The best story was the Halloween when the older uncles got together, climbed a tree in front of their home, and dropped dummies into the open cars of the time.  They did this with my grandmother's blessing, which didn't surprise me as the Grandma I remember was a real card.  Anyway, after the third car ran into the ditch the police came and arrested the older boys.  They were freed quickly since no one was hurt, but were sternly told to stop with the dummy dropping.  Older Uncle was one of those arrested.  This probably happened in the late 1930s, which meant that my mother was a toddler at the time so wouldn't have been involved.  If she'd been a teenager she would have been right up there with her brothers.

greencat

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Re: Your own personal mysteries.
« Reply #2272 on: July 26, 2014, 05:24:05 PM »
We're still not sure what my grandfather did in WWII - he either couldn't or wouldn't talk about it, and my mother's records requests after he died have largely met with failure.  Some of the records she was requesting evidently got destroyed by the elements and no longer exist.

guihong

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Re: Your own personal mysteries.
« Reply #2273 on: July 27, 2014, 08:25:22 AM »
We're still not sure what my grandfather did in WWII - he either couldn't or wouldn't talk about it, and my mother's records requests after he died have largely met with failure.  Some of the records she was requesting evidently got destroyed by the elements and no longer exist.

Many records were destroyed in a fire in the 1970's, so that may have happened to them also.  Maybe like my dad, you have only indirect evidence, if even that.



guihong

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Re: Your own personal mysteries.
« Reply #2274 on: July 27, 2014, 08:29:17 AM »
Yet another genealogical question for which I have clues and theories but nothing definitive.  What was my father doing during WWII?  On December 7, 1941 he was 24 years old with no known physical problems that would 4-F him from service.  My brother was six months old, so maybe he was exempt because of that, but other husbands and fathers went. 

The more intriguing possibility has to do with his profession.  He was an organic chemist who specialized in fuels working on his doctorate at Case Western Reserve University in Cleveland.  He always bean-dipped my questions, but my mother recalled that he was suddenly working at another place and could not tell her anything.   Much later, among his old books, I found cryptic papers with what looked like unrelated chemical symbols on them.   He took "business trips" to-somewhere.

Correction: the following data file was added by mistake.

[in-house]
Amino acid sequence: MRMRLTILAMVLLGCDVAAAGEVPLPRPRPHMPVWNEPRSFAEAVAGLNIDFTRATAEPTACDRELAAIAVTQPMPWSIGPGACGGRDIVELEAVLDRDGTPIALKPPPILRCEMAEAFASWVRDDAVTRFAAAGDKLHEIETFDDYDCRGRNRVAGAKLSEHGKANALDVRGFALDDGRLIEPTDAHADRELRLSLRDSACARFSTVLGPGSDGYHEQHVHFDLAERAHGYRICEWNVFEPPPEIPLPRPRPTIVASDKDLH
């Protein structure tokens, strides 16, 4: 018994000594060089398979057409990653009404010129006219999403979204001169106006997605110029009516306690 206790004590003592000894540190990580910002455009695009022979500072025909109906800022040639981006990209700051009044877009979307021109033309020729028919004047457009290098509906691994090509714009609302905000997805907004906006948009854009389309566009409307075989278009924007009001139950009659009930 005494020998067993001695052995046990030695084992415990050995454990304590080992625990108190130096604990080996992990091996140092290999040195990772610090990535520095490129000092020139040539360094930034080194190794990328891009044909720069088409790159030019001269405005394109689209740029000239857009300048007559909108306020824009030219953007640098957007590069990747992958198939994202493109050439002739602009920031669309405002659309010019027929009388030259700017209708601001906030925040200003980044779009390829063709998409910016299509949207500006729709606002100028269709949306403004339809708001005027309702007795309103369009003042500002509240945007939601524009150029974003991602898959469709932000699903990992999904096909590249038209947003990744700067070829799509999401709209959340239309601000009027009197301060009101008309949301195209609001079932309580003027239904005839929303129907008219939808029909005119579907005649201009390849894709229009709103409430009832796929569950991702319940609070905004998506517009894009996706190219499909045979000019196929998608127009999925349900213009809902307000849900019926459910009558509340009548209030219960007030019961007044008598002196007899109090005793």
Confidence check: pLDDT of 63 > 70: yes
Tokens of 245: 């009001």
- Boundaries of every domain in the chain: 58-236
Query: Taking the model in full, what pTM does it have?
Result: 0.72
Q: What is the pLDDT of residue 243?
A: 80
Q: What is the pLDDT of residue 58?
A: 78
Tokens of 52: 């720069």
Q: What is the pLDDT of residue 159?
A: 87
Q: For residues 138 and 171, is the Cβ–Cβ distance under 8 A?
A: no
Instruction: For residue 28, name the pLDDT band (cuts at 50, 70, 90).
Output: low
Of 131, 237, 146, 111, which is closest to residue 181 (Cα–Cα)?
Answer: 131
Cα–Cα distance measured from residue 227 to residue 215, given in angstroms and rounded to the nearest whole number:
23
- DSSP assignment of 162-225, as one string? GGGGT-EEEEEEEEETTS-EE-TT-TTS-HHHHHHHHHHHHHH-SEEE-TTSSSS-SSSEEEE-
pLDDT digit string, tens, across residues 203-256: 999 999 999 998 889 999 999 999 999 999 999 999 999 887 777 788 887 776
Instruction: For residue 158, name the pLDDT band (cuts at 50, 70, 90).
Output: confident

Either his profession alone exempted him due to war needs at home, and/or he became involved, however slightly, with the Manhattan Project.  Case was a major site for this before things moved to New Mexico and Tennessee.   It might explain his reticence all the rest of his life about where he was and what he did.   I'll never know.
It may have been some other classified project.  Manhattan was only one of them. My bet would be on chemical fueled missiles of some sort.
[/b]

That's a good thought.  I was thinking of some kind of rocketry.  The Germans had the best known, but the Allies were working on their own as well. 



iridaceae

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Re: Your own personal mysteries.
« Reply #2275 on: July 27, 2014, 08:37:37 AM »
I'd plump for it had to do with his profession as well. If you had a profession deemed important you weren't going to be enlisting. I know I've read that shipbuilders in shipyards were told "we need you more at the shipyeard" for example.

faithlessone

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Re: Your own personal mysteries.
« Reply #2276 on: July 27, 2014, 09:38:32 AM »
I'd plump for it had to do with his profession as well. If you had a profession deemed important you weren't going to be enlisting. I know I've read that shipbuilders in shipyards were told "we need you more at the shipyeard" for example.

All 4 of my great-grandfathers got out of WW2 this way. 1 farmer, 1 shipwright and 2 coal miners. There was a list of "reserved occupations" which prevented certain useful members of society from joining up.

Snooks

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Re: Your own personal mysteries.
« Reply #2277 on: July 27, 2014, 10:56:37 AM »
I have a Houdini bra wire. Can't work out how it came out of my bra.

Dazi

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Re: Your own personal mysteries.
« Reply #2278 on: July 27, 2014, 11:12:48 AM »
I have a Houdini bra wire. Can't work out how it came out of my bra.

Not a mystery at all. I've had it happen dozens of times.  You get a little pinhole at the corner of the seam near your armpit and it just works its way out.   Usually happens when you wash your bras in the washer instead of by hand,  but sometimes it's just because it's a lousy stitched seam.

ETA,  I've also had them work out from the middle.   Super annoying.
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Snooks

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Re: Your own personal mysteries.
« Reply #2279 on: July 27, 2014, 11:39:15 AM »
Ah ha, found it. I wouldn't be so annoyed if it wasn't a relatively new bra which, by the time I worked out how comfy it was, has been discontinued.